1. Pull your loved ones close and talk about grief and loss. Many parents/adults assume that if children don't bring it up, they aren't thinking about it.  Most children don't bring up the trauma because they don't have the words and don't know how.  As adults, we must find ways to broach the subject in developmentally appropriate ways.  For example, "There was something very sad that happened today in Boston at a marathon.  Do you know anything about it?"  In my experience, adults are often surprised by what children know and think about, yet it is the adult's responsibility to make sure there is on-going dialogue, support and education.  Reading books about grief and loss can be very helpful.  Discussions do not have to be long and detailed, but on-going and supportive.

2. Adults need to find out what children are hearing at school and talking with other kids about.  Many times we may protect our children at home, but they learn about tragedies at school and from the media.   Don't assume that your children don't know what's happening. Many adults know that children are often much better at maneuvering media than we are so we need to ask.  "Did anybody talk to you about what happened at the schools where children were hurt and killed?"  Children may not know the details, but have just enough information to be scared.  As a psychologist, many children were brought to my office with anxiety, sleep disturbance, school refusal behaviors, and other new concerns after each tragedy.  Parents assumed that children didn't know because the kids weren't directly impacted, but children are always listening.  It is important to wonder about what's going on with kids when parents see new issues.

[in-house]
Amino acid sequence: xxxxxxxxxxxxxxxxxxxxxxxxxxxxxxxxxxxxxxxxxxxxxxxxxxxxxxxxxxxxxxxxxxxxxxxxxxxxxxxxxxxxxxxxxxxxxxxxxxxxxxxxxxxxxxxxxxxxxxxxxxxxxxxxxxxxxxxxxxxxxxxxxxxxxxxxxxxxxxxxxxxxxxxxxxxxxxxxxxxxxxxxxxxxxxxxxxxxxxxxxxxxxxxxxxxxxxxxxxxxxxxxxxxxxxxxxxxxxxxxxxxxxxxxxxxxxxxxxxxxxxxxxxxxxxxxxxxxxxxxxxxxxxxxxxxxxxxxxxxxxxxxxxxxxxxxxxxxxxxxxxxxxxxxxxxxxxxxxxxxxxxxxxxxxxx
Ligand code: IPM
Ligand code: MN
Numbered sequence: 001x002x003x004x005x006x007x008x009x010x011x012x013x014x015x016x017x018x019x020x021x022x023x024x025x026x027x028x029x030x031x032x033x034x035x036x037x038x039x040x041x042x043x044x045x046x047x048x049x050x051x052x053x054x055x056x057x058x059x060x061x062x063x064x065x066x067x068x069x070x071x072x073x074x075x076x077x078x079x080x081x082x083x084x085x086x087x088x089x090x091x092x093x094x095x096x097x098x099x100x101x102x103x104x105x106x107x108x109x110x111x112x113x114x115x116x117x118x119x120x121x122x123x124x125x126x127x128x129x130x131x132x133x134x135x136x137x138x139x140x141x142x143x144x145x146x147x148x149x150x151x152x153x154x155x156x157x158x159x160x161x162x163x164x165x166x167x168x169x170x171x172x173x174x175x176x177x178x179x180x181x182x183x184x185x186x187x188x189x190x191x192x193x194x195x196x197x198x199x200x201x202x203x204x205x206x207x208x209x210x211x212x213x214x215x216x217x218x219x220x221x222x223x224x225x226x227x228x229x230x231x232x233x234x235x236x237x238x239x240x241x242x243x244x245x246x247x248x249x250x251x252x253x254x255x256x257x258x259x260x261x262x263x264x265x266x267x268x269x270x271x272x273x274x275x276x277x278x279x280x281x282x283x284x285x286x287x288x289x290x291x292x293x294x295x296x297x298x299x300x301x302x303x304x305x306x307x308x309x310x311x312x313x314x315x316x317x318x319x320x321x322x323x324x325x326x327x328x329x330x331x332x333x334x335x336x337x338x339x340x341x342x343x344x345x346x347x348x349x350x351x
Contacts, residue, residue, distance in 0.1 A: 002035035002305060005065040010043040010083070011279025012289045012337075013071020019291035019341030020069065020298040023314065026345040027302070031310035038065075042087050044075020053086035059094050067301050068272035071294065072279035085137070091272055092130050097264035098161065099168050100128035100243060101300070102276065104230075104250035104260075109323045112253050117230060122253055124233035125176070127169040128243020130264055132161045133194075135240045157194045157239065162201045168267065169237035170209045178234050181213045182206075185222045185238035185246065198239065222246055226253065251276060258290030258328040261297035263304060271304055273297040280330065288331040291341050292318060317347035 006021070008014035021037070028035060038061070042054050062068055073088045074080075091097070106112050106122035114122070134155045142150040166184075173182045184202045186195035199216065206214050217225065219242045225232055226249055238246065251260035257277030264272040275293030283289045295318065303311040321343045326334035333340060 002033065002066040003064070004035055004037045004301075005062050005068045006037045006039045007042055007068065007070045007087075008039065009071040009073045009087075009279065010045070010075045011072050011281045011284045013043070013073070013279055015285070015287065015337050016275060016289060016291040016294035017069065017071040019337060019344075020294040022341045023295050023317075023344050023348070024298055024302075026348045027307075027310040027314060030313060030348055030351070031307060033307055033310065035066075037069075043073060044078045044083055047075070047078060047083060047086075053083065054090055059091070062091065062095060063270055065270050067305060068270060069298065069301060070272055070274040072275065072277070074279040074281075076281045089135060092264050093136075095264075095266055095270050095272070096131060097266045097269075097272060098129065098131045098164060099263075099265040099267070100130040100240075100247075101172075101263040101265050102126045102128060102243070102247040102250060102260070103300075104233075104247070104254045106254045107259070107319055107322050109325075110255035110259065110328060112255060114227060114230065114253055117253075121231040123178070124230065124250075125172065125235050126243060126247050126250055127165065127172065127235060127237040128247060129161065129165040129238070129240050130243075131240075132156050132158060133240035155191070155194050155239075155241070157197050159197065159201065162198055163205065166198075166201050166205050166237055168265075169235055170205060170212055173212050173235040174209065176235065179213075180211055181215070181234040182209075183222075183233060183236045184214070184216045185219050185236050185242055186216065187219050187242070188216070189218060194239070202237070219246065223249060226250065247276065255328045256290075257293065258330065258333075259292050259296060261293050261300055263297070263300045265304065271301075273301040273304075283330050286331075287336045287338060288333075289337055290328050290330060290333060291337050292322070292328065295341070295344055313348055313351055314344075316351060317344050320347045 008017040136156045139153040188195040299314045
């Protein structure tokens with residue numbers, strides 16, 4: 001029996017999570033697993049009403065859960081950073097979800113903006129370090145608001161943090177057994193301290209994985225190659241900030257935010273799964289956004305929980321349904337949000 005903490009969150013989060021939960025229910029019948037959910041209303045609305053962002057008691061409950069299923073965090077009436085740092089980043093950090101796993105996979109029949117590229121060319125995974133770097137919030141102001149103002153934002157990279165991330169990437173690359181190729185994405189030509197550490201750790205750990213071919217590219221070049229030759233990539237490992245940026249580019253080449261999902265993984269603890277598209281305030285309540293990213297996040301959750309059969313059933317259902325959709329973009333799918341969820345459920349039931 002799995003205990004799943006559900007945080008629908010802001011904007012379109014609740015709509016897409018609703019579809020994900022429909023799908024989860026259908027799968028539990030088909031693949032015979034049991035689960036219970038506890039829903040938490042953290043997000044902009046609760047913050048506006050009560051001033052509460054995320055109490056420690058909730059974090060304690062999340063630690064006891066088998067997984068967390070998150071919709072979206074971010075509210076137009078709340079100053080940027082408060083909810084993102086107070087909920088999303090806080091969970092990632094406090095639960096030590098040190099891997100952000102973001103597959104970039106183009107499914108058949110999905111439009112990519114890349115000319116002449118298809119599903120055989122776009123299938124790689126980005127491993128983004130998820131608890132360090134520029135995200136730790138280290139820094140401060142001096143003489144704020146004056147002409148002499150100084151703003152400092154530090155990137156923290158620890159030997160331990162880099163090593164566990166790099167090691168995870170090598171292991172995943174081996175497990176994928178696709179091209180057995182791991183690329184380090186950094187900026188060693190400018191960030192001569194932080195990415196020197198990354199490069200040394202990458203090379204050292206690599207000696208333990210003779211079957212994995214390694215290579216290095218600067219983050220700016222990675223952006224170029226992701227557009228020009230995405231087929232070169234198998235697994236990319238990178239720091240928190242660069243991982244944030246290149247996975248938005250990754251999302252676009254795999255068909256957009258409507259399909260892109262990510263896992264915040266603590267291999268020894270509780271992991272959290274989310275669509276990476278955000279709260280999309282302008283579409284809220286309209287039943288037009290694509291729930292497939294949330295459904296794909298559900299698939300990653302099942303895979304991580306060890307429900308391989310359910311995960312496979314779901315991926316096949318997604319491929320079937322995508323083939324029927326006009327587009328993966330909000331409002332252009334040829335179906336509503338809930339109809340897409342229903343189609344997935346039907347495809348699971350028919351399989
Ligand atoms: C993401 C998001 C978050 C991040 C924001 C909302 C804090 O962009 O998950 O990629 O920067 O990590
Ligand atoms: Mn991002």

3. Learn about grief and loss, mourning, and anxiety in children.  It doesn't present the same as in adults.  Children may change eating and sleeping behaviors, may become more clingy. May be scared about being along, the dark, or monsters.  When children are struggling, their issues present in ways adults might not expect.  Parents can say, "I wonder how you feel about what happened in Boston with the bomb?"

4. Check out this Apple app for Psychological First Aid.  "PFA"
This app is helpful in that it talks about trauma in all ages and provides helpful education and links.  Children can be traumatized by something witnessed in the media even if not experienced directly.

5. Also remind children that "If you see something, say something.  This is an important message for us all, but especially for children and adolescents who might fear that he/she is "tattling" or "ratting out a friend."  Parents need to help children and adolescents understand the difference between tattling and asking adults for help.  Young people need to seek out adult support for more serious issues.

6. From Mr. Rogers:

“When I was a boy and I would see scary things in the news, my mother would say to me, 'Look for the helpers. You will always find people who are helping.'

Please check previous blogs I have posted and remembering to keep talking with your loved ones, hug them, and talk. 

Saturday, April 6, 2013